Thanks, LaMar, for this valuable information. I will definately check out your website. For I would like to be off the grid when I get my tiny house one day.

    Reply
  • Sean

    Great! Thanks, LaMar and Alex.

    One step closer… :)

    Reply
  • Andy Hawkins

    I’m looking to build a tiny house capable of running off grid but looking to do it in stages. Essentially what I’m looking to create is a roadmap to solar that starts with a generator, then grows to a generator charging batteries and ends up with solar power charging batteries with a generator backup. I’m sure I’ve missed out several steps but surely if one starts with a clear end goal it shouldn’t be too difficult to create a solution that everyone can follow that will allow them to start with the basics and add to the setup as time and money permits?

    Reply
    • LaMar Alexander LaMar

      My system is 580 watts solar and 400 watts wind and a small 4500 watt generator backup. You can start small and add panels as you go along and wind if you live where you get lots of wind. A good starter size is 200-300 watts solar and three 12 volt batts or a 24 volt system which will run a water pump, lights, tvs and gadgets. That will recharge in 4-5 hours of good sunshine. Use a small genny for a microwave or washer and dryer.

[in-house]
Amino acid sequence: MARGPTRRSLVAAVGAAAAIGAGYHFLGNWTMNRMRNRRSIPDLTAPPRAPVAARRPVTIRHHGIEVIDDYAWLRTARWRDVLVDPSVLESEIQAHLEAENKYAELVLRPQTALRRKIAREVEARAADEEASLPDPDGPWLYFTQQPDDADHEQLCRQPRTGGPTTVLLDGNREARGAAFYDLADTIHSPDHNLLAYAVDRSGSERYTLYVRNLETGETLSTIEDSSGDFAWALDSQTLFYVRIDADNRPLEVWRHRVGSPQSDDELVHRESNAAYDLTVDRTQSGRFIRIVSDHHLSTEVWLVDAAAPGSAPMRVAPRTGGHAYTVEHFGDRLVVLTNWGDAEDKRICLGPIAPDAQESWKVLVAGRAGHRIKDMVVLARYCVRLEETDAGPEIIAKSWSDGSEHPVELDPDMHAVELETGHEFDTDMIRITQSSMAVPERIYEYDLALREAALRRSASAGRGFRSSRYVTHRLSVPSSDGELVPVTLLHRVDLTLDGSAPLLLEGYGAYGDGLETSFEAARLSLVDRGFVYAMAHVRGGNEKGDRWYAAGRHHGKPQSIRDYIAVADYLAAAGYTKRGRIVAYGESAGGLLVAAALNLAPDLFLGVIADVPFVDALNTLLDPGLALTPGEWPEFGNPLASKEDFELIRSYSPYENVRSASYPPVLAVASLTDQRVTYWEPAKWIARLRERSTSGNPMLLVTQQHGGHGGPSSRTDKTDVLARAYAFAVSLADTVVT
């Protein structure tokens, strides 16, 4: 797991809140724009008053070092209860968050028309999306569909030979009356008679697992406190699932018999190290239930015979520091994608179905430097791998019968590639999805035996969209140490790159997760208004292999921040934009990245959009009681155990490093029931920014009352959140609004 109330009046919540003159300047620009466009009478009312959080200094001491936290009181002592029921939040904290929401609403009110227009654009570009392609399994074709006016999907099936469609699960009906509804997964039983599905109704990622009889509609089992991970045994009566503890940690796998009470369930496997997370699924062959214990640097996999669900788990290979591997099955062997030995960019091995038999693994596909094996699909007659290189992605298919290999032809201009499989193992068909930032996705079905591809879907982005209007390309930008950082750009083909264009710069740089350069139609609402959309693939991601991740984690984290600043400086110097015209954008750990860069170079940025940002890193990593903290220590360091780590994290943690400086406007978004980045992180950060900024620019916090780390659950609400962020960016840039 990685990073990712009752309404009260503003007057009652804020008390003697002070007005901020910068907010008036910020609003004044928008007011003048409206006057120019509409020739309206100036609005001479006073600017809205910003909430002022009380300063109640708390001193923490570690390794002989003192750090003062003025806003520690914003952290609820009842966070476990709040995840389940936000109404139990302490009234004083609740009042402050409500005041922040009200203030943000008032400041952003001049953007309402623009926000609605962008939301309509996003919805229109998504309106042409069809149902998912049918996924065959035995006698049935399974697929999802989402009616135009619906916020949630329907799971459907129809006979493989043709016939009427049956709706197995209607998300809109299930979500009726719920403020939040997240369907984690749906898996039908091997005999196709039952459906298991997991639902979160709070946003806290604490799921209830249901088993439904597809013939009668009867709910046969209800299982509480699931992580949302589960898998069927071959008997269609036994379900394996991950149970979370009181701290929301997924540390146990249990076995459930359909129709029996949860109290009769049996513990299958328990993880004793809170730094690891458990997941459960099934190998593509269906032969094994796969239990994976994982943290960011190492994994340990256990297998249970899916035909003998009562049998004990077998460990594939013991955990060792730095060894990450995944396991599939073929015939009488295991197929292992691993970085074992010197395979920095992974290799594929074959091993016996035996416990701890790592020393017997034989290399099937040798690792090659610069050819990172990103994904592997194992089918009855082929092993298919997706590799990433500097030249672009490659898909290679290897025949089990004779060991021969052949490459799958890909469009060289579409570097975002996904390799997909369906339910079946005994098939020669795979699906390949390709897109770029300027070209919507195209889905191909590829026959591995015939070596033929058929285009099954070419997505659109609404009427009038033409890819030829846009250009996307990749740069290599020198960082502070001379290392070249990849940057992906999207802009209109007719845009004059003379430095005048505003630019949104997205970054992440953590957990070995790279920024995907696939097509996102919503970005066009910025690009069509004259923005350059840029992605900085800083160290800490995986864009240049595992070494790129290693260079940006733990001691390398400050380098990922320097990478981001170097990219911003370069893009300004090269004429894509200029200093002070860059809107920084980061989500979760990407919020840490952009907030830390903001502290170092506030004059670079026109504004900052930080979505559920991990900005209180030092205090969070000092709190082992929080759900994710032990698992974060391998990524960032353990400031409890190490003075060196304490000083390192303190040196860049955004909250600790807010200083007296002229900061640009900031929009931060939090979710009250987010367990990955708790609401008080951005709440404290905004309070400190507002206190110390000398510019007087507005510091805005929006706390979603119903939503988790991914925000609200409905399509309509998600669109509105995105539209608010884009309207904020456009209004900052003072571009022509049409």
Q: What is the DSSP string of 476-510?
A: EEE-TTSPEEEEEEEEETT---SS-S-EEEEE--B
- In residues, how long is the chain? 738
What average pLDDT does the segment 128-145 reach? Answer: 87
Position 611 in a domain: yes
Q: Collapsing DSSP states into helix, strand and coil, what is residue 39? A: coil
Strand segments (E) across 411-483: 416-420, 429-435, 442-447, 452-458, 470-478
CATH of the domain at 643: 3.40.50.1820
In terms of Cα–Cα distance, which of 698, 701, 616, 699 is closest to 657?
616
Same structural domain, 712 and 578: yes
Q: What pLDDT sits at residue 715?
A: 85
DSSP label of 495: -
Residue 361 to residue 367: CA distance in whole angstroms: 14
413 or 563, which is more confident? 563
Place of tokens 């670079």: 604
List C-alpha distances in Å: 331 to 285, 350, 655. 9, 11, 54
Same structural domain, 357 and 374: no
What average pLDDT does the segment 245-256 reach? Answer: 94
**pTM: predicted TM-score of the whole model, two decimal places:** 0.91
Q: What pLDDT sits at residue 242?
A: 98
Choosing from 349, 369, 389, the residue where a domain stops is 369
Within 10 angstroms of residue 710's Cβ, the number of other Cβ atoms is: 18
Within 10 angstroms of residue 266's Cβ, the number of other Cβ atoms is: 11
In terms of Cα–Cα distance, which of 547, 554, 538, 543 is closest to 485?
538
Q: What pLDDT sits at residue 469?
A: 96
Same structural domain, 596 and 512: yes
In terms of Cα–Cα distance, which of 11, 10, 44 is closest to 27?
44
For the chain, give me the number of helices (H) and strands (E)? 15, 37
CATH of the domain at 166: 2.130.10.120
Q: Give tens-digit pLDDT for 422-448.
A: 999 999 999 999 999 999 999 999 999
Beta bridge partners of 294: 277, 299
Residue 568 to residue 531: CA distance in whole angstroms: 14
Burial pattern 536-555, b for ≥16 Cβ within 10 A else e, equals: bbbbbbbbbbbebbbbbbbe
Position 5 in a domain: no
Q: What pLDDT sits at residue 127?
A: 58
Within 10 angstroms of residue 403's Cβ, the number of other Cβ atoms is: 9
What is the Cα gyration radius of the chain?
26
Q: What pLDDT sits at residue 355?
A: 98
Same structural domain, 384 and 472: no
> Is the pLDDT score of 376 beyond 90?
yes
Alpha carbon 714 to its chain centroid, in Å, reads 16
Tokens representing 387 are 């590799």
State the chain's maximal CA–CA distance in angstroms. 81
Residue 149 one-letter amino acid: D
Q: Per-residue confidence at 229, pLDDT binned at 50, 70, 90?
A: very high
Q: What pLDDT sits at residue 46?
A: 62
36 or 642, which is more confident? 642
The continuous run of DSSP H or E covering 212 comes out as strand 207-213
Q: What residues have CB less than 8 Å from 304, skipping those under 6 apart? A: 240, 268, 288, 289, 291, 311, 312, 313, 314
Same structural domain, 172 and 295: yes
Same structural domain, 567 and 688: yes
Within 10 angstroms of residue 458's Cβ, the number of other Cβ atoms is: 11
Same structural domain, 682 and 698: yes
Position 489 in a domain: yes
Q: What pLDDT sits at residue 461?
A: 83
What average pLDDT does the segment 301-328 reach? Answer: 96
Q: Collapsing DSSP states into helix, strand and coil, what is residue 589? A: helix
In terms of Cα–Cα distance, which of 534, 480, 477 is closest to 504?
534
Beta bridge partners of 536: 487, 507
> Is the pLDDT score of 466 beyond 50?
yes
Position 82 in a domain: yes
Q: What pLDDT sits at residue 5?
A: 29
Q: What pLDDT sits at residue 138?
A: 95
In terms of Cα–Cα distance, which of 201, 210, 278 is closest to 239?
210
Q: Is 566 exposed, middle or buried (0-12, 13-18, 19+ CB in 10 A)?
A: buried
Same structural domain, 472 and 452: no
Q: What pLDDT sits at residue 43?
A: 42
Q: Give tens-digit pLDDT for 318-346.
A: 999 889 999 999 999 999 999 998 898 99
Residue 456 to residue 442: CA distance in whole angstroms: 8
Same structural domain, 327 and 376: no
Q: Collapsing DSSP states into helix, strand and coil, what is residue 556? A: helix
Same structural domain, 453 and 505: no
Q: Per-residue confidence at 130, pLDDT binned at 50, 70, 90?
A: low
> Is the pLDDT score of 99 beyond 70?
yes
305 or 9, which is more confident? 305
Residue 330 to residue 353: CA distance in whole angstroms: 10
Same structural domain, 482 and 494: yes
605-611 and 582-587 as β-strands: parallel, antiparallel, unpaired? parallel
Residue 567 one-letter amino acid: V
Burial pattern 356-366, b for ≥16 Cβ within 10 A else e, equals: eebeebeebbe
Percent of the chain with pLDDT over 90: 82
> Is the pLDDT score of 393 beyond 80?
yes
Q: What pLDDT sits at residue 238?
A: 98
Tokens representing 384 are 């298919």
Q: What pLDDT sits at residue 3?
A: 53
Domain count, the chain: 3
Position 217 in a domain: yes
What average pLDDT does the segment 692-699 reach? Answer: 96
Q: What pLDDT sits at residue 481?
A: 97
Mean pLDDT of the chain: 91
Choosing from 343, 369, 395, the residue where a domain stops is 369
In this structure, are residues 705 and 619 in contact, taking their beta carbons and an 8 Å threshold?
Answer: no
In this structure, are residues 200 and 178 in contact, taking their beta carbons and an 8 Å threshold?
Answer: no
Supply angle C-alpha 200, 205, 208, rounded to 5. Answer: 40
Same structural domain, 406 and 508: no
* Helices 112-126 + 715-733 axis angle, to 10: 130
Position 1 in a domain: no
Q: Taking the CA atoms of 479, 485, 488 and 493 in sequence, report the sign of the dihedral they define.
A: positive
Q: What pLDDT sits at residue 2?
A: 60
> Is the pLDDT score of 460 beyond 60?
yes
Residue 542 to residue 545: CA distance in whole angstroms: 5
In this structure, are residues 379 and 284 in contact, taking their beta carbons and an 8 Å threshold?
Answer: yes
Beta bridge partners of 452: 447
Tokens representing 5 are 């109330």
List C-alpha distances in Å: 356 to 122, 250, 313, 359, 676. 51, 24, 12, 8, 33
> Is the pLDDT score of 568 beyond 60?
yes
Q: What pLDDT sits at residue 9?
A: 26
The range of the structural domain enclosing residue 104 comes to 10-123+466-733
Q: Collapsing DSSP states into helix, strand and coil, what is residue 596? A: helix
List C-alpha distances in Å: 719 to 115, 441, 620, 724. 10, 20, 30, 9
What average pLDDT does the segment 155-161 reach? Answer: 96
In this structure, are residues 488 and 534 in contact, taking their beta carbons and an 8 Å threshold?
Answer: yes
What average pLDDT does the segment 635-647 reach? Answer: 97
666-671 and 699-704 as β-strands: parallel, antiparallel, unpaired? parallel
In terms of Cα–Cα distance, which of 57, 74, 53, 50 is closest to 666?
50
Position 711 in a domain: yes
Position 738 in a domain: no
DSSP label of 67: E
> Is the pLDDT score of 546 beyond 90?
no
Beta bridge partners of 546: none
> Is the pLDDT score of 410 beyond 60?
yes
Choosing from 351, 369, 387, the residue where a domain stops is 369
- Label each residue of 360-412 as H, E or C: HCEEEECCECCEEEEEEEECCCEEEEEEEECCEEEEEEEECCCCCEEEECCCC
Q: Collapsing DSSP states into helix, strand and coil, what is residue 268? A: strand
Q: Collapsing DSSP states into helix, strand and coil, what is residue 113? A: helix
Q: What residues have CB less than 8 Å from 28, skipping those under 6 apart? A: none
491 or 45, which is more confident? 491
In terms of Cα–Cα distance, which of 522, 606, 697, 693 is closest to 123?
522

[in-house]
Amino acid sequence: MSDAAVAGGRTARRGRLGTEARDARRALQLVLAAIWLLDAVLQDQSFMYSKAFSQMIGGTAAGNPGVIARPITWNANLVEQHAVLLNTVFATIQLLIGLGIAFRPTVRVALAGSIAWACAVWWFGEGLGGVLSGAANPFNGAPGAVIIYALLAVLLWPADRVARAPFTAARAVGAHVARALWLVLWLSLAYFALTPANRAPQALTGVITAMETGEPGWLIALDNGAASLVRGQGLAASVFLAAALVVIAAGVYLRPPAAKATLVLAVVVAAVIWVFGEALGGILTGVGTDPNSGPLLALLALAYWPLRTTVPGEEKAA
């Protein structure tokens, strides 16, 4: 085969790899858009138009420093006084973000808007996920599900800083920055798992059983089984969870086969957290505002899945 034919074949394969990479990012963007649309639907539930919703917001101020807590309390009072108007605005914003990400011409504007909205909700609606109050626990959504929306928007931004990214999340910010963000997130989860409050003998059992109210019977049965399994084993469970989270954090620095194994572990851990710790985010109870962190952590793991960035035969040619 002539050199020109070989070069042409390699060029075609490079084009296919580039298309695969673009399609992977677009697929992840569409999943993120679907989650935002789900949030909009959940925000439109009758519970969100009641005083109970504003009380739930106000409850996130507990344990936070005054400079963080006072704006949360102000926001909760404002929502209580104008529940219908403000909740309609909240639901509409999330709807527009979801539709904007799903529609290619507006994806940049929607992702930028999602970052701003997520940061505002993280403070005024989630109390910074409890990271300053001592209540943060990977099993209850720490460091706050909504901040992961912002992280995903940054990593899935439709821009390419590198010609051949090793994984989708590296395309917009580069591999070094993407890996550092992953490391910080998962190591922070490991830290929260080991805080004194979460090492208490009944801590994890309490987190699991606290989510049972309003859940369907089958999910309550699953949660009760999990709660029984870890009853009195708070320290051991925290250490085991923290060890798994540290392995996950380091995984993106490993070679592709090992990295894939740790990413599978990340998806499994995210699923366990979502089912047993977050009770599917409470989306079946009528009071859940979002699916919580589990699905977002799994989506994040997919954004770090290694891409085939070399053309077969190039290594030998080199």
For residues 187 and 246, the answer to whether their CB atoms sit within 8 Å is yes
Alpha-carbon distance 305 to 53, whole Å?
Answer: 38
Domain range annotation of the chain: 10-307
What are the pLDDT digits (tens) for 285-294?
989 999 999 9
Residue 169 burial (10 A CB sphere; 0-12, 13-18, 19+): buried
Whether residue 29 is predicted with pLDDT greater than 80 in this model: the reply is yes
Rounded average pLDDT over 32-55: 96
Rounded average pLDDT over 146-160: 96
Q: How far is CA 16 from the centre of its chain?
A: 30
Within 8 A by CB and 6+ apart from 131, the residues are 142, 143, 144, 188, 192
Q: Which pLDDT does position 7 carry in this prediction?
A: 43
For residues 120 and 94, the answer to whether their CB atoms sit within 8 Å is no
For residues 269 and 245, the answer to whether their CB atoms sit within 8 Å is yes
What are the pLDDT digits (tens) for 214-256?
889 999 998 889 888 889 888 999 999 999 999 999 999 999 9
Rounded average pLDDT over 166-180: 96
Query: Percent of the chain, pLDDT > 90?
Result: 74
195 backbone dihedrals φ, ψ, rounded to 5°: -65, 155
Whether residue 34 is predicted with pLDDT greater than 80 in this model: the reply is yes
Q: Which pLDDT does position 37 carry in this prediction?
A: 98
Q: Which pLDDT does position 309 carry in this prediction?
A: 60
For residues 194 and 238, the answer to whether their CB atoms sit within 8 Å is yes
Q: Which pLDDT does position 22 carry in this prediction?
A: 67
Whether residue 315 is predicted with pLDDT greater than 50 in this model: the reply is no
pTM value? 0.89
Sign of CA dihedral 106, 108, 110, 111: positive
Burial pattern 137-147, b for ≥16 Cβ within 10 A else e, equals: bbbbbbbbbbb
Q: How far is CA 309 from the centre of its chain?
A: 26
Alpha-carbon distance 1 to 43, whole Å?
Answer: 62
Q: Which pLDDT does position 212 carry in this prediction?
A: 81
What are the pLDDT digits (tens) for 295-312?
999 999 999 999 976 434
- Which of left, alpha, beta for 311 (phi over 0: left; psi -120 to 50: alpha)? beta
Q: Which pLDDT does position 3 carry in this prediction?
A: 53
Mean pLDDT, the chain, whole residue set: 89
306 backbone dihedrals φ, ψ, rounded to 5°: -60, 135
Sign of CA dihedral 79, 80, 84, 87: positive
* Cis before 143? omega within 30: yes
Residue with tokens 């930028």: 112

You can see my vids for ideas:
      http://www.youtube.com/solarcabin

      Reply
      • Andy Hawkins

        My plans (as they stand at the moment) is to use propane for refrigeration and water heating and PV for running the few LED lights, a toaster oven, wall sockets for laptop charging etc and maybe a ceiling fan. Other than that I will be heating with wood. Im also trying to incorporate rainwater collection and solar pre-heating of water for bathing. In the summer cooking will be done mostly outdoors (as it is right now) and lighting will be kept to a minimum because of the light evenings and my passion for candles. So starting off with a generator will give me all the power I need on demand, albeit with some inconvenience. But at least it will get me up and running right away rather than having to wait another year. I will then have the summer to save up for the batteries and whatever other electronics I would need to make the generator charge them. Then in the new year I should be in a position to start getting solar panels and the remainder of the electronics to complete the system.

        Reply
        • LaMar Alexander LaMar